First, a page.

Patricia Harvey was charged with possession of marijuana with intent to distribute and convicted of the lesser offense of simple possession. She was also charged and convicted of possession of alcohol under the age of 21, and permitting unlawful operation of vehicle by allowing an intoxicated driver to drive. She appeals only her conviction for simple possession.
Evidence at trial was that on November 8, 1992, Harvey was riding in her car with two men, Marvin Lee Johnson, who was driving, and Ronnie Lee Johnson. Georgia State Patrol Trooper Mickey Little pulled the vehicle over for speeding. In doing so, he clocked the vehicle traveling at 111 mph. When the automobile was stopped, Trooper Little observed that all three subjects had been drinking. He decided to charge Harvey with underage consumption and with permitting Marvin Johnson to drive while intoxicated. Since he was also going to charge the two co-defendants with offenses, he called for a transport from the Catoosa County Sheriff's Department to transport the three subjects to jail. Little performed a "pat down" search on all three suspects; he testified that he did not perform a thorough search on them. He stated that his "pat down" search of Harvey was only of her legs.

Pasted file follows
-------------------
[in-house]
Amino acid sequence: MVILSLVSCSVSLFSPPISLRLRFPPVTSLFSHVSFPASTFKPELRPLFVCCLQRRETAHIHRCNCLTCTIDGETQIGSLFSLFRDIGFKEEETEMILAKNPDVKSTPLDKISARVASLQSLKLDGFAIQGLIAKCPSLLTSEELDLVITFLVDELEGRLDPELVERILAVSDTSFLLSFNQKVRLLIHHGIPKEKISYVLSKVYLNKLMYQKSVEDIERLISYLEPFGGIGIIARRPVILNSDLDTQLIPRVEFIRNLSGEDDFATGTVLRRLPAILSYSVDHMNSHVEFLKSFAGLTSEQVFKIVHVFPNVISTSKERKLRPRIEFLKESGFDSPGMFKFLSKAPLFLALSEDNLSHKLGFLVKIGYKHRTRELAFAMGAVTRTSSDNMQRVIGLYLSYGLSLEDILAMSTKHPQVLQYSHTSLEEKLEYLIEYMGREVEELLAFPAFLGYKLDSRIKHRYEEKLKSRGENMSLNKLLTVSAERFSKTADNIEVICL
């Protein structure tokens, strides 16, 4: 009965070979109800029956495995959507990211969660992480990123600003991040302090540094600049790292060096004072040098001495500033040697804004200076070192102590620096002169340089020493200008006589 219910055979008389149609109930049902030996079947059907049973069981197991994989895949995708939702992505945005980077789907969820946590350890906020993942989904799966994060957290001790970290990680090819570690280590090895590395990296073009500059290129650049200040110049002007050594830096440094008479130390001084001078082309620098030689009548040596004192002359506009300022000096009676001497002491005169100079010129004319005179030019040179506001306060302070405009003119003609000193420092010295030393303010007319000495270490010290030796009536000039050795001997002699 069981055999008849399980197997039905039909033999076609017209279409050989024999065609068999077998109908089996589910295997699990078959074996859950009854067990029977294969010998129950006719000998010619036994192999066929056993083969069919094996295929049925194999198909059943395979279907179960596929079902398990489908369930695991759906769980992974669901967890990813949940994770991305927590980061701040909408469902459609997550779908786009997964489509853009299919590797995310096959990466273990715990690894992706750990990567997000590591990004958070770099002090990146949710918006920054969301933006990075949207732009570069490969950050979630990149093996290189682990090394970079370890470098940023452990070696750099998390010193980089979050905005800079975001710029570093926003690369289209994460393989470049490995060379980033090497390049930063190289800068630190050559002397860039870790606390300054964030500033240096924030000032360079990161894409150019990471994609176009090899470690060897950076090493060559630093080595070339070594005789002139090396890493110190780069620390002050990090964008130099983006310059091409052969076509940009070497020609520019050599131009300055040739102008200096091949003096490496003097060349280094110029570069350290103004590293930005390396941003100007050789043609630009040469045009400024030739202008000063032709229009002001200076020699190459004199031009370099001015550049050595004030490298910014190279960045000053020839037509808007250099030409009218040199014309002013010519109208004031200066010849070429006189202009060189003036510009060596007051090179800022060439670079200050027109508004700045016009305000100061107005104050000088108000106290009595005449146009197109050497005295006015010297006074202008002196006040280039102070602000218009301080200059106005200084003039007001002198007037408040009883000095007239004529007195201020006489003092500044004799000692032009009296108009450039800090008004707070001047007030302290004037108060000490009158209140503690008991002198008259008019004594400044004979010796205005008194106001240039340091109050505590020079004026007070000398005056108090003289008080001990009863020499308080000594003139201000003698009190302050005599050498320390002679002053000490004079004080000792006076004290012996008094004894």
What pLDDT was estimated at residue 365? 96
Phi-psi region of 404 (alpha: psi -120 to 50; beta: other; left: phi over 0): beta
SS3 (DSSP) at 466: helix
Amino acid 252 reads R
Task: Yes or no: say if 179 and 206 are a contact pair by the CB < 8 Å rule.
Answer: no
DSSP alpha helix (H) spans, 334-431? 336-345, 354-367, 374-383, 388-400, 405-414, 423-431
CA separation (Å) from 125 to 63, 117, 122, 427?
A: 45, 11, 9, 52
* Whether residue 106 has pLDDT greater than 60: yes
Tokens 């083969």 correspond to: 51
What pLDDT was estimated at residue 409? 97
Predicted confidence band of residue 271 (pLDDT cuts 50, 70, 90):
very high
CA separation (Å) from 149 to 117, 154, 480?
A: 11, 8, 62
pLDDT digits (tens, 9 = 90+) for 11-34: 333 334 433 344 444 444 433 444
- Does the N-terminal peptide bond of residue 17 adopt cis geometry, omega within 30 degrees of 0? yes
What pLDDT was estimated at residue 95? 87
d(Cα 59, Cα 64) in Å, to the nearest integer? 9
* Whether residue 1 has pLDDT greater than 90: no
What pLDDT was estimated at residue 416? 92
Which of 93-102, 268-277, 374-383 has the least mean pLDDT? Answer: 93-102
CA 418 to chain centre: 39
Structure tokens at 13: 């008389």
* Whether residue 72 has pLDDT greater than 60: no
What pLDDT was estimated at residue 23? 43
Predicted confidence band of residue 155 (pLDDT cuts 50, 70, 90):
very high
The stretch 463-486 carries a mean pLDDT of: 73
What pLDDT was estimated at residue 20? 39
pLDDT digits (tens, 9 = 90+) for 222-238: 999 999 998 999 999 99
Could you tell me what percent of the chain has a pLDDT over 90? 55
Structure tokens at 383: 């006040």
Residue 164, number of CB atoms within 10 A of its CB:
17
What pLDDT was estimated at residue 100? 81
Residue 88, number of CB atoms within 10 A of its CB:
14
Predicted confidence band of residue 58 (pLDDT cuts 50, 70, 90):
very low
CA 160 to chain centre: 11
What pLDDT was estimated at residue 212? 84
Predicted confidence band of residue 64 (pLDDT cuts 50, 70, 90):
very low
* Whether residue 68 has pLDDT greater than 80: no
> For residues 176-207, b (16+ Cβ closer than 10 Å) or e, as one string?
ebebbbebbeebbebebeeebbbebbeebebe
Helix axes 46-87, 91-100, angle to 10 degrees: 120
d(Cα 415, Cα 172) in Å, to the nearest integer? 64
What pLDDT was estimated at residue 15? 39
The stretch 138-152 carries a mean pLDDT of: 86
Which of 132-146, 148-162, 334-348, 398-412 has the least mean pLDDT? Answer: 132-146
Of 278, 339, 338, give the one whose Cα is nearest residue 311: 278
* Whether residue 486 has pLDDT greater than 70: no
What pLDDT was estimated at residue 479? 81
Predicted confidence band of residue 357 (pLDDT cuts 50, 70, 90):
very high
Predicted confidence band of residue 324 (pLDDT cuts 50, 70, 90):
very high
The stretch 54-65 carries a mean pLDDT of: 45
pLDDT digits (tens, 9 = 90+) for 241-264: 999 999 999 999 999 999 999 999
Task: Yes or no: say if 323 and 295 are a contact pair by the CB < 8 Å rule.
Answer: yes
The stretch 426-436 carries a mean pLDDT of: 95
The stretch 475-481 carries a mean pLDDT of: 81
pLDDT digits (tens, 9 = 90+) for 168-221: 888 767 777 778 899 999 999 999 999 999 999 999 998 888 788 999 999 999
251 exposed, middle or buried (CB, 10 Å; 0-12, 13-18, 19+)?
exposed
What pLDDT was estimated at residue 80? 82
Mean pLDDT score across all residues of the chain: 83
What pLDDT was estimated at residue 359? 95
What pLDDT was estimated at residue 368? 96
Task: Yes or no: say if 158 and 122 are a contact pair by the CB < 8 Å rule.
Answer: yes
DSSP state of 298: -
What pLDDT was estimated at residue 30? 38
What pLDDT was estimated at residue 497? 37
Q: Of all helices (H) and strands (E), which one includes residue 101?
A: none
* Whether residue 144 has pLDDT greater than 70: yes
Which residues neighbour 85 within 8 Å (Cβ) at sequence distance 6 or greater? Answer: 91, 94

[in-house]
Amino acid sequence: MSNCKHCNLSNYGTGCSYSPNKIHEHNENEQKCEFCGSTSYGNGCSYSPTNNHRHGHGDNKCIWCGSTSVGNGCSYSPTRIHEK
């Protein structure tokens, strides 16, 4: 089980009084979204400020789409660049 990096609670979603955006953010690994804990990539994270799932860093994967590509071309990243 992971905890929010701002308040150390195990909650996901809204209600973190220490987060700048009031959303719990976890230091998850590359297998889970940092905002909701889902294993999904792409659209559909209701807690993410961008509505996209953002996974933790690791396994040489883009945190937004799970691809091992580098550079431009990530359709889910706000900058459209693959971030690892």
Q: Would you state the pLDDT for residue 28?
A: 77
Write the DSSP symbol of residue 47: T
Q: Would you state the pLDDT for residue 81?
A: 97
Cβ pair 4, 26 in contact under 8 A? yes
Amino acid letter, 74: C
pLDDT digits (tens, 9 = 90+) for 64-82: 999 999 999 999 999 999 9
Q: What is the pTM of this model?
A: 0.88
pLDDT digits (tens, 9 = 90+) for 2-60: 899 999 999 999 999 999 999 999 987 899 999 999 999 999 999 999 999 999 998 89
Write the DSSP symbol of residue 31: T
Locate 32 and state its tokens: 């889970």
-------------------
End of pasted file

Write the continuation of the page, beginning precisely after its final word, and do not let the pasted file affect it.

Harvey was arrested and placed in the patrol car along with the two co-defendants and taken to the Catoosa County detention facility. Only Ronnie Lee Johnson was handcuffed. After taking the three inside, Officer Sisk returned to his vehicle and discovered a bag of marijuana containing four separate smaller bags under the back seat of the car in which he transported Harvey and the other two codefendants. The net weight of the drug was 9.8 grams.
Officer Sisk testified that on November 7, 1992, he complied with departmental policy by thoroughly checking the inside of his police vehicle at the beginning of his shift. Again in accordance with departmental policy, he searched the back of his patrol car after transporting Harvey and the two co-defendants to the station. He found the bag wedged in between the cushions in the front seat of the car a little bit towards the passenger side of the center of the vehicle. He testified that no one else had been in his patrol car between the time he came on duty and the time he transported the three to the station.
Officer Little testified that from his viewing of Harvey's vehicle he observed what appeared to be two ends of marijuana cigarettes in the front ashtray. At the time the vehicle was stopped, Harvey was sitting in the front passenger seat. Little testified that Harvey and Marvin Johnson's behavior would be consistent with having smoked marijuana.
When Harvey was questioned about the marijuana at the station, she initially stated that she did not know whose marijuana it was. She later stated that she knew who it belonged to, but was not going to tell. She laughed after making this statement. Marvin Johnson, who was standing in the holding cell stated "you can't charge us, you can't charge us, it's less than an ounce, you can't charge us." He later stated that he did not know anything about the marijuana.